Despite the large number of letters Van Gogh wrote, he said very little about The Starry Night. After reporting that he had painted a starry sky in June, Van Gogh next mentioned the painting in a letter to Theo on or about 20 September 1889, when he included it in a list of paintings he was sending to his brother in Paris, referring to it as a "night study." Of this list of paintings, he wrote, "All in all the only things I consider a little good in it are the Wheatfield, the Mountain, the Orchard, the Olive trees with the blue hills and the Portrait and the Entrance to the quarry, and the rest says nothing to me"; "the rest" would include The Starry Night. When he decided to hold back three paintings from this batch in order to save money on postage, The Starry Night was one of the paintings he did not send. Finally, in a letter to painter Émile Bernard from late November 1889, Van Gogh referred to the painting as a "failure."
The nocturne series was limited by the difficulties posed by painting such scenes from nature, i.e., at night. The first painting in the series was Café Terrace at Night, painted in Arles in early September 1888, followed by Starry Night (Over the Rhône) later that same month. Van Gogh's written statements concerning these paintings provide further insight into his intentions for painting night studies in general and The Starry Night in particular.
He wrote about existing in another dimension after death and associated this dimension with the night sky. "It would be so simple and would account so much for the terrible things in life, which now amaze and wound us so, if life had yet another hemisphere, invisible it is true, but where one lands when one dies." "Hope is in the stars," he wrote, but he was quick to point out that "earth is a planet too, and consequently a star, or celestial orb." And he stated flatly that The Starry Night was "not a return to the romantic or to religious ideas."
Van Gogh experienced his second breakdown in seven months in July 1889. Naifeh and Smith theorize that the seeds of this breakdown were present when Van Gogh painted The Starry Night, that in giving himself over to his imagination "his defenses had been breached." On that day in mid-June, in a "state of heightened reality," with all the other elements of the painting in place, Van Gogh threw himself into the painting of the stars, producing, they write, "a night sky unlike any other the world had ever seen with ordinary eyes."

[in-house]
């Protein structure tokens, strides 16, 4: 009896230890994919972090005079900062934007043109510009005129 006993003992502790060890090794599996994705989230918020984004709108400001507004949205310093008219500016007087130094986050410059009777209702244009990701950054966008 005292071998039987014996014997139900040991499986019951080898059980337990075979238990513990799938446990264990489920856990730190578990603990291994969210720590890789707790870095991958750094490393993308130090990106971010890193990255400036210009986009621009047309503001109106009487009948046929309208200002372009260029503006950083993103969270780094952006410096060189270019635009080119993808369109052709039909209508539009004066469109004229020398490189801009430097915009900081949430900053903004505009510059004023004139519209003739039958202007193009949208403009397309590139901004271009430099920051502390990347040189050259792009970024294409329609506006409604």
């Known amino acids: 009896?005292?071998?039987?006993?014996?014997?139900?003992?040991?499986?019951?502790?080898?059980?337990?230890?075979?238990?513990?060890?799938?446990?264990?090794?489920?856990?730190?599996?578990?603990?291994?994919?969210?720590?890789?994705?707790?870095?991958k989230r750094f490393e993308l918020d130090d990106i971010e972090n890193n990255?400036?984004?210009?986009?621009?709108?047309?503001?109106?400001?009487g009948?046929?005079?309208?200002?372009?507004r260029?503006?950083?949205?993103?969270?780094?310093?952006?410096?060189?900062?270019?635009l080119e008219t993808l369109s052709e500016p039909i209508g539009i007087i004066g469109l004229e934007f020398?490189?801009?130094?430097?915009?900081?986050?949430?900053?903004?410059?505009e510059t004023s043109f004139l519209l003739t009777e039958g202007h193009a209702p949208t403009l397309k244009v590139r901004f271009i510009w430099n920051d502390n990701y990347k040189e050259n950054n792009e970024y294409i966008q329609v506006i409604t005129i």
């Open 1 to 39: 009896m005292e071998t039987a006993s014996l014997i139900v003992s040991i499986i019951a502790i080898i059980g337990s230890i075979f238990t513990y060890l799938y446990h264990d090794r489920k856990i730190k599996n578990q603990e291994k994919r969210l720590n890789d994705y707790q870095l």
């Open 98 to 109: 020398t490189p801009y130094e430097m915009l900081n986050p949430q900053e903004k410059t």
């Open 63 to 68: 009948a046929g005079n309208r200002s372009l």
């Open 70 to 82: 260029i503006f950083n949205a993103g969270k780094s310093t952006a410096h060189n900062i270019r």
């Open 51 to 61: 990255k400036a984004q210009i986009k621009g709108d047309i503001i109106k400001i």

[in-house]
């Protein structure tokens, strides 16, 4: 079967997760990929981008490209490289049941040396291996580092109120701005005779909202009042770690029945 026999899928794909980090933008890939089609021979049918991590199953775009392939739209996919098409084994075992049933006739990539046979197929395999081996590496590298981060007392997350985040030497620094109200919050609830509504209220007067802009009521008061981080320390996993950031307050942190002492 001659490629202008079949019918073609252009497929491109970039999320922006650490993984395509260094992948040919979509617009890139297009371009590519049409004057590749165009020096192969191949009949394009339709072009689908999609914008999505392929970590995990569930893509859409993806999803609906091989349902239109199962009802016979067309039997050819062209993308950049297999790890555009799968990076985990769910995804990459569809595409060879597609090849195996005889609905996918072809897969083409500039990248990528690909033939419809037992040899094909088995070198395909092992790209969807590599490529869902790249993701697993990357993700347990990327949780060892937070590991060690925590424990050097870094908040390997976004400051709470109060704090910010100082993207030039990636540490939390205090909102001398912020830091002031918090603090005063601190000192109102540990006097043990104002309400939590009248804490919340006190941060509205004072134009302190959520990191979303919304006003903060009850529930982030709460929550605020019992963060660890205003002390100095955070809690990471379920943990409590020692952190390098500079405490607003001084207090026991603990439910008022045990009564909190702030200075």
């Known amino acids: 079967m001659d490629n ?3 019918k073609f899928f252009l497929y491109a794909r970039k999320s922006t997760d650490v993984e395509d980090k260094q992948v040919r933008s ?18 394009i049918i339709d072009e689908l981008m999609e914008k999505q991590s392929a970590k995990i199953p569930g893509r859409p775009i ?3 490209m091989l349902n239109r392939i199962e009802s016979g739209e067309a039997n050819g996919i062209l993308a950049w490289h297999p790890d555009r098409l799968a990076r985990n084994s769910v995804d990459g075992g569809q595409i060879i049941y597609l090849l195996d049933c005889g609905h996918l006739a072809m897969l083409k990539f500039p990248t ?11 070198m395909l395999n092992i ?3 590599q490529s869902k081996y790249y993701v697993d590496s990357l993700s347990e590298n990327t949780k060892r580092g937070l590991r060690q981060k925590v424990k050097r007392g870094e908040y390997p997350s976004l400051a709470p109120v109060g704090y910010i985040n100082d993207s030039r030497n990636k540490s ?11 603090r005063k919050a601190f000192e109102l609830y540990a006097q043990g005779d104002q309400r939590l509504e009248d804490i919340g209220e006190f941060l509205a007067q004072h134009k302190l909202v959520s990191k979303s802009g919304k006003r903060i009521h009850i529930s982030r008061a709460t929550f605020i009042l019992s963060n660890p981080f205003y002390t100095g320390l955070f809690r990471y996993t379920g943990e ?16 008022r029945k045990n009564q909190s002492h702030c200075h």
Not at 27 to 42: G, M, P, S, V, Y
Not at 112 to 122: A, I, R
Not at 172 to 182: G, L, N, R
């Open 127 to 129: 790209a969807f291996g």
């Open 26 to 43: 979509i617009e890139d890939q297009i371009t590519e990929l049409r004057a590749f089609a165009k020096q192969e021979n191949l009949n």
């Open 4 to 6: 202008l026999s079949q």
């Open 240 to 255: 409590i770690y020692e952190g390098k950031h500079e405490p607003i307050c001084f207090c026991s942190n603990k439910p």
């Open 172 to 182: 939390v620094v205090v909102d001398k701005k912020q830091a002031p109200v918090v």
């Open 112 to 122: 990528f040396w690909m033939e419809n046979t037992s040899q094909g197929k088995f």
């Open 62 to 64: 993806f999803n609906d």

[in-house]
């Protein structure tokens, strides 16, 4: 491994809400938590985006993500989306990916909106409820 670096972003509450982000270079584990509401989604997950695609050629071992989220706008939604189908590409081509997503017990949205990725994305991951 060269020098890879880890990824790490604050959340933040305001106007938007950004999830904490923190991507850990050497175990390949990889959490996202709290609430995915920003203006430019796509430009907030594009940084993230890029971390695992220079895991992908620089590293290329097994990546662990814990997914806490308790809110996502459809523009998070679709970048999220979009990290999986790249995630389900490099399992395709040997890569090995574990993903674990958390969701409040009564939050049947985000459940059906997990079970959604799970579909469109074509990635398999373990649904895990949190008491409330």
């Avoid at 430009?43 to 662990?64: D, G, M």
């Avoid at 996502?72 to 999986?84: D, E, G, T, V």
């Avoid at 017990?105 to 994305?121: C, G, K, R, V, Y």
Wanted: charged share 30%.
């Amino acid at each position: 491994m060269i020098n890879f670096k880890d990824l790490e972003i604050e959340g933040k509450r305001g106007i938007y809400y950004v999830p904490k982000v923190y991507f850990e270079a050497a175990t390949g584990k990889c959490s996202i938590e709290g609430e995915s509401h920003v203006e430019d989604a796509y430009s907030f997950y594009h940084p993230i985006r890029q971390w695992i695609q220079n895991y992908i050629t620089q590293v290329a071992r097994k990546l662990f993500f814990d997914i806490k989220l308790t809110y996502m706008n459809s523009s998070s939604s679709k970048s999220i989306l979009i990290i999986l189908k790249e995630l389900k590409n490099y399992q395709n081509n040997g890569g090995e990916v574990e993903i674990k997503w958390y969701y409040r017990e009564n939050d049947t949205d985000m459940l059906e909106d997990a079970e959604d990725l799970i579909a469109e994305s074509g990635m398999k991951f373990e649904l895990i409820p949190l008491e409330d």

Widely hailed as Van Gogh's magnum opus, this Vincent van Gogh night stars painting depicts the view outside his sanatorium room window at night, although it was painted from memory during the day. Starry Night depicts a dreamy interpretation of the artist's asylum room's sweeping view of Saint-Rémy-de-Provence. Though Van Gogh revisited this scene in his work on several occasions, "Starry Night" is the only nocturnal study of the view. Thus, in addition to descriptions evident in the myriad of letters he wrote to his brother, Theo, it offers a rare nighttime glimpse into what the artist saw while in isolation. "Through the iron-barred window I can make out a square of wheat in an enclosure," he wrote in May of 1889, "above which in the morning I see the sunrise in its glory." An end-of-the-world cataclysm invades Van Gogh's Starry Night, one of apocalypse filled with melting aerolites and comets adrift. One has the impression that the artist has expelled his inner conflict onto a canvas. Everything here is brewed in a huge cosmic fusion. The sole exception is the village in the foreground with its architectural elements.
I have done another landscape with olive trees, and a new study of the 'starry sky'. Although I have not seen the new pictures by Gauguin and Bernard, I am fairly certain that these two studies are similarly conceived. When you see them some time [...] I shall be able to give you a better idea of the things Gauguin, Bernard and I often used to talk about and occupy ourselves with than I can do in words; it is not a return to Romanticism or to religious ideas, no. But via Delacroixone can express more of Nature and the country, by means of colour and an individual drawing style, than might appear." Van Gogh is making various points here. First, his synthesis of motifs was his first echo of work with Gauguin since his breakdown. The night stars scene (this is something that had only just become important to Van Gogh) offers the visual imagination its most distinctive, unique field of activity, since the lack of light requires the compensatory use of visual memory. Van Gogh used the memory method in his nocturnal scene; his discovery of the luminous power of darkness was a personal aesthetic discovery and needed no Gauguin as catalyst. Second, Van Gogh was drawing upon his long-lost model Eugène Delacroix again, and the principle of contrast; once he paused to reflect on what he had achieved in recent weeks he found his attention drawn back to the colourist techniques which he himself had developed so far. Third, he was searching for the essence of the landscape, its very being - a way of registering its symbolic power, its vitality, its flux and constancy, all in one.